Bangkok home be­hind bars for SA women drug smug­glers

Weekend Argus (Saturday Edition) - - NEWS -

edly dis­cov­ered 1.5kg co­caine in her dread­locks.

There are seven other SA women serv­ing time for drug of­fences in Lard Yao where Nobanda will be kept on re­mand dur­ing her trial and

of where she will serve her sen­tence if con­victed.

Lard Yao is one of two women’s pris­ons in the Thai cap­i­tal, and is the big­gest of the eight in Thai­land.

It’s the jail of choice for Thai au­thor­i­ties to place for­eign crim­i­nals, and is de­signed to hold a max­i­mum of 3 268 in­mates.

Un­like men’s pris­ons which are clas­si­fied into min­i­mum to max­i­mum se­cu­rity lev­els, Lard Yao serves as an all-se­cu­ritylevel prison, with con­victs serv­ing any­thing from one month to be­ing on death row.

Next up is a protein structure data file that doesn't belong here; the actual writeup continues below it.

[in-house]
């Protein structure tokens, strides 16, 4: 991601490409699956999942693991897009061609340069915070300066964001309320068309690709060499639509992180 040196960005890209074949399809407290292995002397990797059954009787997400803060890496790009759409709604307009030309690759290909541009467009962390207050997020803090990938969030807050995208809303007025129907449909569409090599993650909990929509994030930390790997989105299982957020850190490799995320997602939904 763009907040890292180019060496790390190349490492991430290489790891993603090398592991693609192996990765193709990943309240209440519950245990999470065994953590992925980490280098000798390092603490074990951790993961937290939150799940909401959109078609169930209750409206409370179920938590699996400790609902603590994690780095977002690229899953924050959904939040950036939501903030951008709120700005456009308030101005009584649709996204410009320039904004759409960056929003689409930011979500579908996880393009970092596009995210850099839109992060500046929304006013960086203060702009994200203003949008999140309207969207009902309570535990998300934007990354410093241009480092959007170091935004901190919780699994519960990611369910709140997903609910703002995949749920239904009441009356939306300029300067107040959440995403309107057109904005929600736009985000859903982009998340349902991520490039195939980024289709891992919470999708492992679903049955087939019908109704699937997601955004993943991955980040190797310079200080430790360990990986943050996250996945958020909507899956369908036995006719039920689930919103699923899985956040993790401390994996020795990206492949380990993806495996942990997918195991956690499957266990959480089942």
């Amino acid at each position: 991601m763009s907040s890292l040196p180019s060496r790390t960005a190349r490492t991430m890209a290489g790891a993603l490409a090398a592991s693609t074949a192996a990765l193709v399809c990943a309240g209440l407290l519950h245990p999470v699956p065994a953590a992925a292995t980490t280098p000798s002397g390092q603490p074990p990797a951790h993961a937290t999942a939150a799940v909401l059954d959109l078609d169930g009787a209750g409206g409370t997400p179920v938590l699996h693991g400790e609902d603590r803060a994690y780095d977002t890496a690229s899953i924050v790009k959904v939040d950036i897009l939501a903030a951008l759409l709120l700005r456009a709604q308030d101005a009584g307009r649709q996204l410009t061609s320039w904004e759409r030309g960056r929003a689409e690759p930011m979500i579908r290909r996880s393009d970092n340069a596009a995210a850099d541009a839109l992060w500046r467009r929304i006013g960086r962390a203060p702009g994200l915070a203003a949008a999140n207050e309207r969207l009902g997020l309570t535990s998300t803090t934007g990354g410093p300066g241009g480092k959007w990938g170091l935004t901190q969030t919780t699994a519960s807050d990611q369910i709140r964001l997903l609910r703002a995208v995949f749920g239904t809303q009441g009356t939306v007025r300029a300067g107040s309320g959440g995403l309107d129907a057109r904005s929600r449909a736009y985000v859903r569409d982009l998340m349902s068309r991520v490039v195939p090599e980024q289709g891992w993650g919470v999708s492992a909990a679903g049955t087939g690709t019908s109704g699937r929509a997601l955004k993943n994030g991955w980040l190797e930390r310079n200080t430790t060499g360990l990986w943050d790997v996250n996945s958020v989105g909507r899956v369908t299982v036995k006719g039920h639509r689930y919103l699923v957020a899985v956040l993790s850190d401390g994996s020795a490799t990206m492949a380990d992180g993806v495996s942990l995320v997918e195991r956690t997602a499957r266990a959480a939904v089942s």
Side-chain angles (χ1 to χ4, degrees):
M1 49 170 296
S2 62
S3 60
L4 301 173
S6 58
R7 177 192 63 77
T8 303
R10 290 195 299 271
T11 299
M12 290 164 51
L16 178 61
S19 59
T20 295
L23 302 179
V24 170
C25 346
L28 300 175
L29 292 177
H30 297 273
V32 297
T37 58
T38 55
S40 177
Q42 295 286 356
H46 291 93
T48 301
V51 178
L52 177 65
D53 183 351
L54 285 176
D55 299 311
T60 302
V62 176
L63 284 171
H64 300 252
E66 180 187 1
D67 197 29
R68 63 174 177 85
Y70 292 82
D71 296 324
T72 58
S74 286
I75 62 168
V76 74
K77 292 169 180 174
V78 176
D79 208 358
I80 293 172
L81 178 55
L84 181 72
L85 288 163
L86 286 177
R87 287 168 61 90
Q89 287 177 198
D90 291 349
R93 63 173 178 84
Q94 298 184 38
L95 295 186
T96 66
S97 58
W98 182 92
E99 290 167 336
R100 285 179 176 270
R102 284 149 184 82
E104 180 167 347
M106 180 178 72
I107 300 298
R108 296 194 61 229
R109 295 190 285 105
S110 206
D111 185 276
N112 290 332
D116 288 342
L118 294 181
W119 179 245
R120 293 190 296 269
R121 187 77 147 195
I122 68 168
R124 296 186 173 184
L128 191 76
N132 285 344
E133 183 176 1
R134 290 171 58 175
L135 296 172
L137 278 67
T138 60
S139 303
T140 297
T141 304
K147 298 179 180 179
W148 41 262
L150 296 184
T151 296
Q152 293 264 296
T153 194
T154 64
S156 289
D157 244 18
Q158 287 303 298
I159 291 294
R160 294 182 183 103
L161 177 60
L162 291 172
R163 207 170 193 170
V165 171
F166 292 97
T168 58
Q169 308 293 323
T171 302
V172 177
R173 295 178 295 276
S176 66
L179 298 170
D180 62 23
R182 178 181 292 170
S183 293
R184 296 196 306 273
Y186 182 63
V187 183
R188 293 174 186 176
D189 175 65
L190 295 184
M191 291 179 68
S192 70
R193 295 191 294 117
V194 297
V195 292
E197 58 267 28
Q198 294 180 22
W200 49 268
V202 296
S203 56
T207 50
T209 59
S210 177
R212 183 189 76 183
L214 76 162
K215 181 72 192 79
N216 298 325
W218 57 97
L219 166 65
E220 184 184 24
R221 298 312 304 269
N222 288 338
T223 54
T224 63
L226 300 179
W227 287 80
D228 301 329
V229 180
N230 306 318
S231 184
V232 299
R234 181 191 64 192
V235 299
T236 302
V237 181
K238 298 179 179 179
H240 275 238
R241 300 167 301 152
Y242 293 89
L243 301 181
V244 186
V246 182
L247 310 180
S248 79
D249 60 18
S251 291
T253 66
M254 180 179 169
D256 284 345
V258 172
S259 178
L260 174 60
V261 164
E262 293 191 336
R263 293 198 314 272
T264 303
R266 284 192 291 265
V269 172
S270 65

There is a host of re­ha­bil­i­ta­tion pro­grammes Nobanda can look for­ward to, from com­puter train­ing to fash­ion de­sign, arts and crafts, cook­ing and cater­ing, learn­ing Thai, per­form­ing classical mu­sic and singing in the choir.

The prison has a nurs­ery for ba­bies born to the in­mates, a preg­nancy ward and a hos­pi­tal.

Pris­on­ers are housed in com­mu­nal cells. They’re ex­pected to work.

Nobanda could face any­where from 20 to 50 years in Lard Yao prison like her fel­low coun­try­men, in­clud­ing Bongek­ile Ncala, Dawn van Niek­erk, Nila Dug­i­nov, Oc­tavia Malevu and Pa­vaty Naidoo, who were all ar­rested for smug­gling drugs into Thai­land.

Two other South Africans are serv­ing life sen­tences in Thai­land: Eu­gene Noboto, who was jailed in 1971, and Eu­gene Nwaneri, who was con­victed in 2003.

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